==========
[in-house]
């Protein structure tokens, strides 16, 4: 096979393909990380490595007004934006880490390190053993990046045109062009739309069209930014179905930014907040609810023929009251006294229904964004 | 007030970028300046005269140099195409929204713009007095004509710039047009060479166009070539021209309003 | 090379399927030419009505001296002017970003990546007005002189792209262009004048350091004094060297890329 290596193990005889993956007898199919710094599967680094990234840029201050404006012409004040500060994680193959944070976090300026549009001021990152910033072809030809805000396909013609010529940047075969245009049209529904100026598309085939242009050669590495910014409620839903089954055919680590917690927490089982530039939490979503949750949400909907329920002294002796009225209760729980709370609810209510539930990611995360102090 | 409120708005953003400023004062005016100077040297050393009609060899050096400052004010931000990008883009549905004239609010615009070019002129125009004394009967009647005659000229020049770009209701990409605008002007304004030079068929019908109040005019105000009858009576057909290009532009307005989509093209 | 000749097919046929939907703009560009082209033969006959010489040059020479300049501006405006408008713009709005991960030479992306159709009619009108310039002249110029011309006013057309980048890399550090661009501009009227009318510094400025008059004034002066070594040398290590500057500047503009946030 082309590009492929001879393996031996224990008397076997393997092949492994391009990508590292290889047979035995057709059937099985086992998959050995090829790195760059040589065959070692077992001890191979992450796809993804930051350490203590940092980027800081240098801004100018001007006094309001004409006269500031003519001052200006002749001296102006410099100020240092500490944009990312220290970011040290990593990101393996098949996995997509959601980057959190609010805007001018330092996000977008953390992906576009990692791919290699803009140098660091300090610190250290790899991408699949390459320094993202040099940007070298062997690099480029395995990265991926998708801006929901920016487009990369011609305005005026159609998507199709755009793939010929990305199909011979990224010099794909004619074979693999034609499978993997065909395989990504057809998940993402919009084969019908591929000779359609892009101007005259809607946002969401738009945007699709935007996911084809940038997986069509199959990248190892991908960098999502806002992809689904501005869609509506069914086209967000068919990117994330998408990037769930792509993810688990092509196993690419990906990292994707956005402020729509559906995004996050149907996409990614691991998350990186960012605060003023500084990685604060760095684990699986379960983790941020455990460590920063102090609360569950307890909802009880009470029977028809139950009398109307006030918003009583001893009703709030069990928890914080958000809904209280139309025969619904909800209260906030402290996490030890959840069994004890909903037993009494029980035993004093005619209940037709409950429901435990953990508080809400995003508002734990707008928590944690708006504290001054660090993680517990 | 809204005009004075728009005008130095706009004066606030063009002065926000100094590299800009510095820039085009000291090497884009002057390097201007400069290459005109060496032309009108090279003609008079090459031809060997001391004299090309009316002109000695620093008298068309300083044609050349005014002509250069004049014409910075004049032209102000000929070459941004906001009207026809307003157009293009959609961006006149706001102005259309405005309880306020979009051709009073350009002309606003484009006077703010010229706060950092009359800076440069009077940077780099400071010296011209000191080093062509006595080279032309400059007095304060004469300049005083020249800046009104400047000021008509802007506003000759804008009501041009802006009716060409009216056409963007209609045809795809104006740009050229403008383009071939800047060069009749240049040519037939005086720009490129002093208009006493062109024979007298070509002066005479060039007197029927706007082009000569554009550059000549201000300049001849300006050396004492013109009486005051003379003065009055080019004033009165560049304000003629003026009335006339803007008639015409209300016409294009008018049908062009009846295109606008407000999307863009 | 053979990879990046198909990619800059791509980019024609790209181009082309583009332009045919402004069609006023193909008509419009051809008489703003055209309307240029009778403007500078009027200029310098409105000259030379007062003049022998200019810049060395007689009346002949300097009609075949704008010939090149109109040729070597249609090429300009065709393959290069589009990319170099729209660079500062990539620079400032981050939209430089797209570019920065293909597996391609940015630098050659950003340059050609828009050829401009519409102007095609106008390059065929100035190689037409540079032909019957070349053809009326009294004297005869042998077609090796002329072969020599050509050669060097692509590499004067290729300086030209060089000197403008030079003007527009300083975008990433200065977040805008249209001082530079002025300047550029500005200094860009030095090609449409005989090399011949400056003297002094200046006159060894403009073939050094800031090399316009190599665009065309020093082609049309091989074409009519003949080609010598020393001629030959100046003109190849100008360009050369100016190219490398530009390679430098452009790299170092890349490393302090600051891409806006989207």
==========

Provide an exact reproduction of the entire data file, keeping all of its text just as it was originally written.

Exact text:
[in-house]
């Protein structure tokens, strides 16, 4: 096979393909990380490595007004934006880490390190053993990046045109062009739309069209930014179905930014907040609810023929009251006294229904964004 | 007030970028300046005269140099195409929204713009007095004509710039047009060479166009070539021209309003 | 090379399927030419009505001296002017970003990546007005002189792209262009004048350091004094060297890329 290596193990005889993956007898199919710094599967680094990234840029201050404006012409004040500060994680193959944070976090300026549009001021990152910033072809030809805000396909013609010529940047075969245009049209529904100026598309085939242009050669590495910014409620839903089954055919680590917690927490089982530039939490979503949750949400909907329920002294002796009225209760729980709370609810209510539930990611995360102090 | 409120708005953003400023004062005016100077040297050393009609060899050096400052004010931000990008883009549905004239609010615009070019002129125009004394009967009647005659000229020049770009209701990409605008002007304004030079068929019908109040005019105000009858009576057909290009532009307005989509093209 | 000749097919046929939907703009560009082209033969006959010489040059020479300049501006405006408008713009709005991960030479992306159709009619009108310039002249110029011309006013057309980048890399550090661009501009009227009318510094400025008059004034002066070594040398290590500057500047503009946030 082309590009492929001879393996031996224990008397076997393997092949492994391009990508590292290889047979035995057709059937099985086992998959050995090829790195760059040589065959070692077992001890191979992450796809993804930051350490203590940092980027800081240098801004100018001007006094309001004409006269500031003519001052200006002749001296102006410099100020240092500490944009990312220290970011040290990593990101393996098949996995997509959601980057959190609010805007001018330092996000977008953390992906576009990692791919290699803009140098660091300090610190250290790899991408699949390459320094993202040099940007070298062997690099480029395995990265991926998708801006929901920016487009990369011609305005005026159609998507199709755009793939010929990305199909011979990224010099794909004619074979693999034609499978993997065909395989990504057809998940993402919009084969019908591929000779359609892009101007005259809607946002969401738009945007699709935007996911084809940038997986069509199959990248190892991908960098999502806002992809689904501005869609509506069914086209967000068919990117994330998408990037769930792509993810688990092509196993690419990906990292994707956005402020729509559906995004996050149907996409990614691991998350990186960012605060003023500084990685604060760095684990699986379960983790941020455990460590920063102090609360569950307890909802009880009470029977028809139950009398109307006030918003009583001893009703709030069990928890914080958000809904209280139309025969619904909800209260906030402290996490030890959840069994004890909903037993009494029980035993004093005619209940037709409950429901435990953990508080809400995003508002734990707008928590944690708006504290001054660090993680517990 | 809204005009004075728009005008130095706009004066606030063009002065926000100094590299800009510095820039085009000291090497884009002057390097201007400069290459005109060496032309009108090279003609008079090459031809060997001391004299090309009316002109000695620093008298068309300083044609050349005014002509250069004049014409910075004049032209102000000929070459941004906001009207026809307003157009293009959609961006006149706001102005259309405005309880306020979009051709009073350009002309606003484009006077703010010229706060950092009359800076440069009077940077780099400071010296011209000191080093062509006595080279032309400059007095304060004469300049005083020249800046009104400047000021008509802007506003000759804008009501041009802006009716060409009216056409963007209609045809795809104006740009050229403008383009071939800047060069009749240049040519037939005086720009490129002093208009006493062109024979007298070509002066005479060039007197029927706007082009000569554009550059000549201000300049001849300006050396004492013109009486005051003379003065009055080019004033009165560049304000003629003026009335006339803007008639015409209300016409294009008018049908062009009846295109606008407000999307863009 | 053979990879990046198909990619800059791509980019024609790209181009082309583009332009045919402004069609006023193909008509419009051809008489703003055209309307240029009778403007500078009027200029310098409105000259030379007062003049022998200019810049060395007689009346002949300097009609075949704008010939090149109109040729070597249609090429300009065709393959290069589009990319170099729209660079500062990539620079400032981050939209430089797209570019920065293909597996391609940015630098050659950003340059050609828009050829401009519409102007095609106008390059065929100035190689037409540079032909019957070349053809009326009294004297005869042998077609090796002329072969020599050509050669060097692509590499004067290729300086030209060089000197403008030079003007527009300083975008990433200065977040805008249209001082530079002025300047550029500005200094860009030095090609449409005989090399011949400056003297002094200046006159060894403009073939050094800031090399316009190599665009065309020093082609049309091989074409009519003949080609010598020393001629030959100046003109190849100008360009050369100016190219490398530009390679430098452009790299170092890349490393302090600051891409806006989207």